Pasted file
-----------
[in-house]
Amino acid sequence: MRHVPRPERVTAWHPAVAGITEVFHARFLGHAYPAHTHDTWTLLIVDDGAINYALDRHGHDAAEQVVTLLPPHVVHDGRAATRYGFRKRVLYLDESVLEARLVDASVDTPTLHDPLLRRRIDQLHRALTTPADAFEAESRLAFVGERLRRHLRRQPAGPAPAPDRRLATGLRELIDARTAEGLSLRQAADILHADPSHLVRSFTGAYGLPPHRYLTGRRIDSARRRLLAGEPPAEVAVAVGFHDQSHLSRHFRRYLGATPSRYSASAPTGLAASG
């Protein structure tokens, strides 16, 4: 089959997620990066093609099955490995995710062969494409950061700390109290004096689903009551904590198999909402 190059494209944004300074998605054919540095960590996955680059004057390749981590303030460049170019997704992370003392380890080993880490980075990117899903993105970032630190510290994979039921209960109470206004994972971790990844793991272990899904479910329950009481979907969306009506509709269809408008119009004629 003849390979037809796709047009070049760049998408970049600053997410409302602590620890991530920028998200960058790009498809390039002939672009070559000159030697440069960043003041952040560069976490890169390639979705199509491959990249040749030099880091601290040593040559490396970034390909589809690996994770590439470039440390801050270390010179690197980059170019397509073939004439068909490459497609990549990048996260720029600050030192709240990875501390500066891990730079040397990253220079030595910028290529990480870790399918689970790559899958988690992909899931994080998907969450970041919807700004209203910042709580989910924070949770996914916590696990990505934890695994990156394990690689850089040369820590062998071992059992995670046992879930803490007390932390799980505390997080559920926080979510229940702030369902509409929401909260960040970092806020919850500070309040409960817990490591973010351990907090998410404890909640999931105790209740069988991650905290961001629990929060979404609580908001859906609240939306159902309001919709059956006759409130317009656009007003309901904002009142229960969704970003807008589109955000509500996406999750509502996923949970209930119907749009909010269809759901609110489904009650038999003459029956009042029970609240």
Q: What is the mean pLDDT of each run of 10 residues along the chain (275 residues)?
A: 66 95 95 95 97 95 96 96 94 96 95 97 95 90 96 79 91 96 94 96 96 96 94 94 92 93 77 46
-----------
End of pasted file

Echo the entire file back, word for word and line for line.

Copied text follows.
[in-house]
Amino acid sequence: MRHVPRPERVTAWHPAVAGITEVFHARFLGHAYPAHTHDTWTLLIVDDGAINYALDRHGHDAAEQVVTLLPPHVVHDGRAATRYGFRKRVLYLDESVLEARLVDASVDTPTLHDPLLRRRIDQLHRALTTPADAFEAESRLAFVGERLRRHLRRQPAGPAPAPDRRLATGLRELIDARTAEGLSLRQAADILHADPSHLVRSFTGAYGLPPHRYLTGRRIDSARRRLLAGEPPAEVAVAVGFHDQSHLSRHFRRYLGATPSRYSASAPTGLAASG
């Protein structure tokens, strides 16, 4: 089959997620990066093609099955490995995710062969494409950061700390109290004096689903009551904590198999909402 190059494209944004300074998605054919540095960590996955680059004057390749981590303030460049170019997704992370003392380890080993880490980075990117899903993105970032630190510290994979039921209960109470206004994972971790990844793991272990899904479910329950009481979907969306009506509709269809408008119009004629 003849390979037809796709047009070049760049998408970049600053997410409302602590620890991530920028998200960058790009498809390039002939672009070559000159030697440069960043003041952040560069976490890169390639979705199509491959990249040749030099880091601290040593040559490396970034390909589809690996994770590439470039440390801050270390010179690197980059170019397509073939004439068909490459497609990549990048996260720029600050030192709240990875501390500066891990730079040397990253220079030595910028290529990480870790399918689970790559899958988690992909899931994080998907969450970041919807700004209203910042709580989910924070949770996914916590696990990505934890695994990156394990690689850089040369820590062998071992059992995670046992879930803490007390932390799980505390997080559920926080979510229940702030369902509409929401909260960040970092806020919850500070309040409960817990490591973010351990907090998410404890909640999931105790209740069988991650905290961001629990929060979404609580908001859906609240939306159902309001919709059956006759409130317009656009007003309901904002009142229960969704970003807008589109955000509500996406999750509502996923949970209930119907749009909010269809759901609110489904009650038999003459029956009042029970609240």
Q: What is the mean pLDDT of each run of 10 residues along the chain (275 residues)?
A: 66 95 95 95 97 95 96 96 94 96 95 97 95 90 96 79 91 96 94 96 96 96 94 94 92 93 77 46